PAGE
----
Director of Finance and Analytics at Bell Finance
Beginning their finance transformation journey back in 2019 – and, in many regards, leading such a practice across several different areas – Bell Finance saw the potential emerging technologies have to fundamentally transform the way that they work and the services that they provide, discerning that data and analytics (D&A) is core to what they do as a finance function. So fundamental, in fact, that they consider D&A to be a cornerstone of their entire transformation, if not the chief driving force behind it.
If you stop to consider what a finance department or an accounting function actually is, you’ll quickly realise that it begins and ends with data and information – and the packaging up of that information is to either produce new insights to help develop reports forecasts, or to ultimately provide recommendations and services to the organisation as a whole.
“It's really about being able to develop a leading edge practice by moving away from a traditionally federated approach, to instead managing data and analytics by channelling it into a centralised team and a centralised system,” says Matthew MacEwen, VP of Finance, and lead of Data and Advanced Analytics at the company’s Centre of Excellence (CoE). “This has really helped our finance function to accelerate its transformation and to have a specific focus, ensuring our entire finance community has access to all of the data that they need in order to carry out their day-to-day jobs.”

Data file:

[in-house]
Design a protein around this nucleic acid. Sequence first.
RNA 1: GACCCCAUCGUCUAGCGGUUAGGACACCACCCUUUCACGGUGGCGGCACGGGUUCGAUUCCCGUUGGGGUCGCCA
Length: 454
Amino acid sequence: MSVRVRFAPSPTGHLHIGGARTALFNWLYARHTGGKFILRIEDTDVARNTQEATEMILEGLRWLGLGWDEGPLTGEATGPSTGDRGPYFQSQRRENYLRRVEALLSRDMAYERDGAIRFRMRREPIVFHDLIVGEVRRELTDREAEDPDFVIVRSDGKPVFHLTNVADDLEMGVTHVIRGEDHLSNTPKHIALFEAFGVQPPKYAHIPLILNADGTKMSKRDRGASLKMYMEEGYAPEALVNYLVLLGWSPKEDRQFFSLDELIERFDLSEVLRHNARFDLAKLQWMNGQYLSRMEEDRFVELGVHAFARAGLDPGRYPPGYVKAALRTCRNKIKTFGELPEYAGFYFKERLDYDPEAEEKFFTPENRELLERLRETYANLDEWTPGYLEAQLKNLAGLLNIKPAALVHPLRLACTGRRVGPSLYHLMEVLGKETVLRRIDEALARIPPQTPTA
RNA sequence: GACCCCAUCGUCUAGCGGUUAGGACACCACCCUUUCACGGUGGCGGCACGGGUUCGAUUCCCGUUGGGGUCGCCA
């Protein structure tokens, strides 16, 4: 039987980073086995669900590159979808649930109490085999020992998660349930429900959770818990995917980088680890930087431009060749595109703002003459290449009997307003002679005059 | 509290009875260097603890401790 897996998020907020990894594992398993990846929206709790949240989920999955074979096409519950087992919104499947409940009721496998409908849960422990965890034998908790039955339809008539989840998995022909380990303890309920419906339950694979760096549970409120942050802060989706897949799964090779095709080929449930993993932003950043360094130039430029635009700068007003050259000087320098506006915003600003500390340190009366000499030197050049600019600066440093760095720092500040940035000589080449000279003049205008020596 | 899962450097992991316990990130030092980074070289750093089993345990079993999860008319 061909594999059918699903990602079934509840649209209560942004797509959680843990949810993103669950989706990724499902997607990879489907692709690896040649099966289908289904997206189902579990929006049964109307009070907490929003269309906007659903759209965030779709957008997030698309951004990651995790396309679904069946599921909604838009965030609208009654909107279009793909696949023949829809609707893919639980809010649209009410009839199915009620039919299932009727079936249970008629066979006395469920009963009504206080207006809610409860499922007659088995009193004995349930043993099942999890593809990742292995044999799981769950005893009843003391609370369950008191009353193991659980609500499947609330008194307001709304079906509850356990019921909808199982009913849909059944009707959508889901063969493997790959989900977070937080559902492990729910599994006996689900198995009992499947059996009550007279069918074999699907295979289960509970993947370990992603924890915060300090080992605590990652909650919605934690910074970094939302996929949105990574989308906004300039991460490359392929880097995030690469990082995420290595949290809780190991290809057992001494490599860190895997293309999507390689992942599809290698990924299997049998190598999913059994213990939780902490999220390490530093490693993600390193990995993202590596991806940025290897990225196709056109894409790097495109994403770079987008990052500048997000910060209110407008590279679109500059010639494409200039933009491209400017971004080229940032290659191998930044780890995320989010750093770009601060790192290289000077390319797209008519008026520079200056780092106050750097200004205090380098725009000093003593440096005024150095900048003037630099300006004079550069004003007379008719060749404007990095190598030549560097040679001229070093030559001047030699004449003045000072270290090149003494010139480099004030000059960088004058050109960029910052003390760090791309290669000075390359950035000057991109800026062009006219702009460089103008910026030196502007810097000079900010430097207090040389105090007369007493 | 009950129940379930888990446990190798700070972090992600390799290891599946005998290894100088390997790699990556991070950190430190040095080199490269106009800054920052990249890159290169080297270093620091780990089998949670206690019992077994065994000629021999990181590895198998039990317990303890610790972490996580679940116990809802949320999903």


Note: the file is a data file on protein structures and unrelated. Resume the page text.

In 2019, MacEwen was asked by the CFO to help lead their finance transformation initiative, and to help develop their future state roadmap. At that time, the company had developed their CoE and McEwan was – and still is – the leader of that group. In his D&A role, he leads finance transformation, as well as supporting some of their finance operation’s business, including business units from a more financial planning and analysis (FP&A) perspective.
The emerging technologies in question – and central to Bell Finance’s transformation – are, of course, artificial intelligence (AI), machine learning (ML) and predictive analytics. These technologies have the potential to provide many organisational benefits, such as providing useful insights to minimise unpredictability, creating sophisticated forecasting capabilities and automating traditionally time-consuming and inefficient processes.
For a finance department, the fiscal knock-on effects of such technologies are able to free up resources that can have a sweeping effect throughout the entire structure of an organisation. This is exactly what Bell finance has set out to do – and they are already seeing the impact of such systems.
“It's also really important that the entire CoE is engaged in the transformational vision, and that all those involved share the same beliefs,” establishes Nantes Kirsten, Director of Finance and Analytics, CoE.
“I quickly realised – early on in my career as a quantitative risk-management consultant – that I enjoyed the data science and the ability to translate data into actionable decisions and insights, and that's when I decided to move into telecommunications where there's an abundance of data and untapped insights, and so here I am at Bell Finance as Director of Finance and Analytics at the CoE,” he says.
The CoE is focused on the finance 2025 programme delivery, seeking to complete its transformation by this date; a transformation that will reshape Bell Finance from the bottom up and inevitably affect the organisation as a whole.
“I manage the finance data analysis team,” explains Kirsten, “as well as the solutions development teams that focus on visualisation, reporting automation, and financial data science initiatives like forecasting; we're currently focused on using the data and technology work-stream within finance 2025 to enable the transformation.”
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“We're now shifting to delivery, pivoting into working more in the battle space, and supporting our ambitions in terms of NATO.